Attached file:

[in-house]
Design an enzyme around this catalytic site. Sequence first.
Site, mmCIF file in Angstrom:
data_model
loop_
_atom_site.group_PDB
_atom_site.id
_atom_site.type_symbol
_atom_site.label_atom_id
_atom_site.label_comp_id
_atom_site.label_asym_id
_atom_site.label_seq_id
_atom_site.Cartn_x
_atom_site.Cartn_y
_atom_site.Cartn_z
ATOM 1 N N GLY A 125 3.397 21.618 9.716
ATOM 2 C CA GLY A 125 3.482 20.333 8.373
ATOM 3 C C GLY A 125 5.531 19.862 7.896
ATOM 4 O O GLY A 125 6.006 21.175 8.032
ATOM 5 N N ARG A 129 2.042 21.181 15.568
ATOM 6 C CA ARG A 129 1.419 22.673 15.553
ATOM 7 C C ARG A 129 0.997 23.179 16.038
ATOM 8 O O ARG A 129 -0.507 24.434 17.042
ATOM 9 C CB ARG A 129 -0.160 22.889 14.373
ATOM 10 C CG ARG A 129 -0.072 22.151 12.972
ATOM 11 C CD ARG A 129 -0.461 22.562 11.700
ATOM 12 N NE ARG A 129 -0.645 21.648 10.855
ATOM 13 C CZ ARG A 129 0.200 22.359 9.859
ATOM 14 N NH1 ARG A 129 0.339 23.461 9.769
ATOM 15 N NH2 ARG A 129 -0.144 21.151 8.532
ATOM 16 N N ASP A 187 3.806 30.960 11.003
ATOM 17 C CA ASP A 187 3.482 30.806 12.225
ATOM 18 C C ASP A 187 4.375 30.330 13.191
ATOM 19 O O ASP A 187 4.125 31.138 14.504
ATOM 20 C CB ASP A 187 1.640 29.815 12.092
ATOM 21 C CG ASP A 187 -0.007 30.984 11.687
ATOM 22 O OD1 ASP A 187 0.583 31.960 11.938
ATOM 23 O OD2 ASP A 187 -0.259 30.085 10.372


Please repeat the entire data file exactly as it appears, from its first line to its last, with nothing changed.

[in-house]
Design an enzyme around this catalytic site. Sequence first.
Site, mmCIF file in Angstrom:
data_model
loop_
_atom_site.group_PDB
_atom_site.id
_atom_site.type_symbol
_atom_site.label_atom_id
_atom_site.label_comp_id
_atom_site.label_asym_id
_atom_site.label_seq_id
_atom_site.Cartn_x
_atom_site.Cartn_y
_atom_site.Cartn_z
ATOM 1 N N GLY A 125 3.397 21.618 9.716
ATOM 2 C CA GLY A 125 3.482 20.333 8.373
ATOM 3 C C GLY A 125 5.531 19.862 7.896
ATOM 4 O O GLY A 125 6.006 21.175 8.032
ATOM 5 N N ARG A 129 2.042 21.181 15.568
ATOM 6 C CA ARG A 129 1.419 22.673 15.553
ATOM 7 C C ARG A 129 0.997 23.179 16.038
ATOM 8 O O ARG A 129 -0.507 24.434 17.042
ATOM 9 C CB ARG A 129 -0.160 22.889 14.373
ATOM 10 C CG ARG A 129 -0.072 22.151 12.972
ATOM 11 C CD ARG A 129 -0.461 22.562 11.700
ATOM 12 N NE ARG A 129 -0.645 21.648 10.855
ATOM 13 C CZ ARG A 129 0.200 22.359 9.859
ATOM 14 N NH1 ARG A 129 0.339 23.461 9.769
ATOM 15 N NH2 ARG A 129 -0.144 21.151 8.532
ATOM 16 N N ASP A 187 3.806 30.960 11.003
ATOM 17 C CA ASP A 187 3.482 30.806 12.225
ATOM 18 C C ASP A 187 4.375 30.330 13.191
ATOM 19 O O ASP A 187 4.125 31.138 14.504
ATOM 20 C CB ASP A 187 1.640 29.815 12.092
ATOM 21 C CG ASP A 187 -0.007 30.984 11.687
ATOM 22 O OD1 ASP A 187 0.583 31.960 11.938
ATOM 23 O OD2 ASP A 187 -0.259 30.085 10.372